in fact, the opposite tends to happen:

at the time, it feels really, really good.

really good.

seductively good, even.

just like your mother warned you about.

suckage is the devil.

the devil!!!

a little melodramatic, but yes..

the devil.

whatever you want to call that sweet, little tempting voice that says, "aww go on, have another... give her a call... do a little more... who's going to find out? just don't tell anyone.. then no one will know... besides, you look good in that colour.. hot, even.. and you can double your money in half the time.. don't stop now, you're on fire......"

when you become suckified, self-serving ideas for personal gain seem like good ideas, and good ideas that serve others, potentially at your expense, seem laughably unimportant.

suckage is the catalyst for the breakdown of ordered social systems because the suck throws off the delicate balance of give and take the system needs to work.

it's like Jenga.. you take it from the bottom and you put it on top... but if you suck, you collaspe the tower for everyone.

this is described in a common analogy known dramatically as the Tragedy of the Commons.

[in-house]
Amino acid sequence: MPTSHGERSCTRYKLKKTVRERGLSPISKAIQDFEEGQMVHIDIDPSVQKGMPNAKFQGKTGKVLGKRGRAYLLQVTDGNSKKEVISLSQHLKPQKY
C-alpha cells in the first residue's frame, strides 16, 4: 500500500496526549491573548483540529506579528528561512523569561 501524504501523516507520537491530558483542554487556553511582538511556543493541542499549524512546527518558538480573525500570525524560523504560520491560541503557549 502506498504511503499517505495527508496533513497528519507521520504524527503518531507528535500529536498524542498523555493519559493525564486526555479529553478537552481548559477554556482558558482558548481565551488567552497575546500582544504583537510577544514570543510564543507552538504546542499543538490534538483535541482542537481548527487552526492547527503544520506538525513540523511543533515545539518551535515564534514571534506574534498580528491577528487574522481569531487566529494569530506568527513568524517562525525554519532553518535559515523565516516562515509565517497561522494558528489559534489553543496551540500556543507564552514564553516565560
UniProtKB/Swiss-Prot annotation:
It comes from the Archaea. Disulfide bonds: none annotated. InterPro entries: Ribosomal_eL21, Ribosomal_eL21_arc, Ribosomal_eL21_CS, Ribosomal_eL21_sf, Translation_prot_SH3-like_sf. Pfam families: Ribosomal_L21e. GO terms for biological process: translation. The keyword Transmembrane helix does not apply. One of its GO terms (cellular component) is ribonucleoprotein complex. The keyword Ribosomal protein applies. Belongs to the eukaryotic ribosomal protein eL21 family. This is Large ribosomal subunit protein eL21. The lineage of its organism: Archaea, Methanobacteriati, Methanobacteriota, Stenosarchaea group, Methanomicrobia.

imagine a field of grass and a bunch of cows owned by different people grazing in it. each cow only allowed to graze for a certain about of time each day according to local town rules.

of course, real contentment would dissolve those insecurities and desires, and they are the driving force behind sales.

one day, a cow owner gets the idea that if he lets his cow graze for a minute more each day, his cow will get fatter and he'll be able to sell it for more money later. since it's only one minute, no one will know.

of course they won't.

we should all know what happens next.

each cow owner thinks the same thing, and within a week, all the grass is gone from overgrazing and the cows die.

see?

what a tragedy!

so what makes me so qualified to discuss suck like i don't suck myself?

well..

someone once told me about his friend who went a little crazy and started saying things like, "you gotta look the devil in the eye."

crazy as he might have been...

i can relate.

i know about the devil because i spend a lot of time looking at him.

i bet you do, too.

everyone does.

it's a delusion to deny it.

so stop worrying about that part. admitting this is not the same as falling victim to it.